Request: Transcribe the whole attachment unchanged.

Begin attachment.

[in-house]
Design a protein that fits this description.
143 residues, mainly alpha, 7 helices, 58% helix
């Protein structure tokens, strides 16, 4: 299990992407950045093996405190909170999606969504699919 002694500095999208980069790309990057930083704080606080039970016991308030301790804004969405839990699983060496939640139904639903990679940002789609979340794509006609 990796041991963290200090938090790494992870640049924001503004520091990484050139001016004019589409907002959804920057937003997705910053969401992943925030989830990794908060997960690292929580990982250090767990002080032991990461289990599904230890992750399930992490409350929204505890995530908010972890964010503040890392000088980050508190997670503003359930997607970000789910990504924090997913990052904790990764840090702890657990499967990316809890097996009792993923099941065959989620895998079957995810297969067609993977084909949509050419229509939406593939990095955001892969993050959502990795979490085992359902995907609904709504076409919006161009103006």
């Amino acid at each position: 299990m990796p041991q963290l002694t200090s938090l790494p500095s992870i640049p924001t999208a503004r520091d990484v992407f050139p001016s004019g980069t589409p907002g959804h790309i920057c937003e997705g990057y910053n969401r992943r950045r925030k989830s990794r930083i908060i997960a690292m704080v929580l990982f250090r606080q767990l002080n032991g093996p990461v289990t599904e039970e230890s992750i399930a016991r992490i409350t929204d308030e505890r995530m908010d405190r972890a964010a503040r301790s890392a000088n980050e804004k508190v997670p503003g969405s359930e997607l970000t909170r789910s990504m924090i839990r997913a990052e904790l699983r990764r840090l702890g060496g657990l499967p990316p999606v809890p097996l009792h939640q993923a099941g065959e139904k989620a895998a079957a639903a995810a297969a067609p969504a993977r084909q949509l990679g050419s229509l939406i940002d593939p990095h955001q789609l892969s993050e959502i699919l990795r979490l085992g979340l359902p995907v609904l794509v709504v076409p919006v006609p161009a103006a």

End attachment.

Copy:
[in-house]
Design a protein that fits this description.
143 residues, mainly alpha, 7 helices, 58% helix
């Protein structure tokens, strides 16, 4: 299990992407950045093996405190909170999606969504699919 002694500095999208980069790309990057930083704080606080039970016991308030301790804004969405839990699983060496939640139904639903990679940002789609979340794509006609 990796041991963290200090938090790494992870640049924001503004520091990484050139001016004019589409907002959804920057937003997705910053969401992943925030989830990794908060997960690292929580990982250090767990002080032991990461289990599904230890992750399930992490409350929204505890995530908010972890964010503040890392000088980050508190997670503003359930997607970000789910990504924090997913990052904790990764840090702890657990499967990316809890097996009792993923099941065959989620895998079957995810297969067609993977084909949509050419229509939406593939990095955001892969993050959502990795979490085992359902995907609904709504076409919006161009103006």
């Amino acid at each position: 299990m990796p041991q963290l002694t200090s938090l790494p500095s992870i640049p924001t999208a503004r520091d990484v992407f050139p001016s004019g980069t589409p907002g959804h790309i920057c937003e997705g990057y910053n969401r992943r950045r925030k989830s990794r930083i908060i997960a690292m704080v929580l990982f250090r606080q767990l002080n032991g093996p990461v289990t599904e039970e230890s992750i399930a016991r992490i409350t929204d308030e505890r995530m908010d405190r972890a964010a503040r301790s890392a000088n980050e804004k508190v997670p503003g969405s359930e997607l970000t909170r789910s990504m924090i839990r997913a990052e904790l699983r990764r840090l702890g060496g657990l499967p990316p999606v809890p097996l009792h939640q993923a099941g065959e139904k989620a895998a079957a639903a995810a297969a067609p969504a993977r084909q949509l990679g050419s229509l939406i940002d593939p990095h955001q789609l892969s993050e959502i699919l990795r979490l085992g979340l359902p995907v609904l794509v709504v076409p919006v006609p161009a103006a």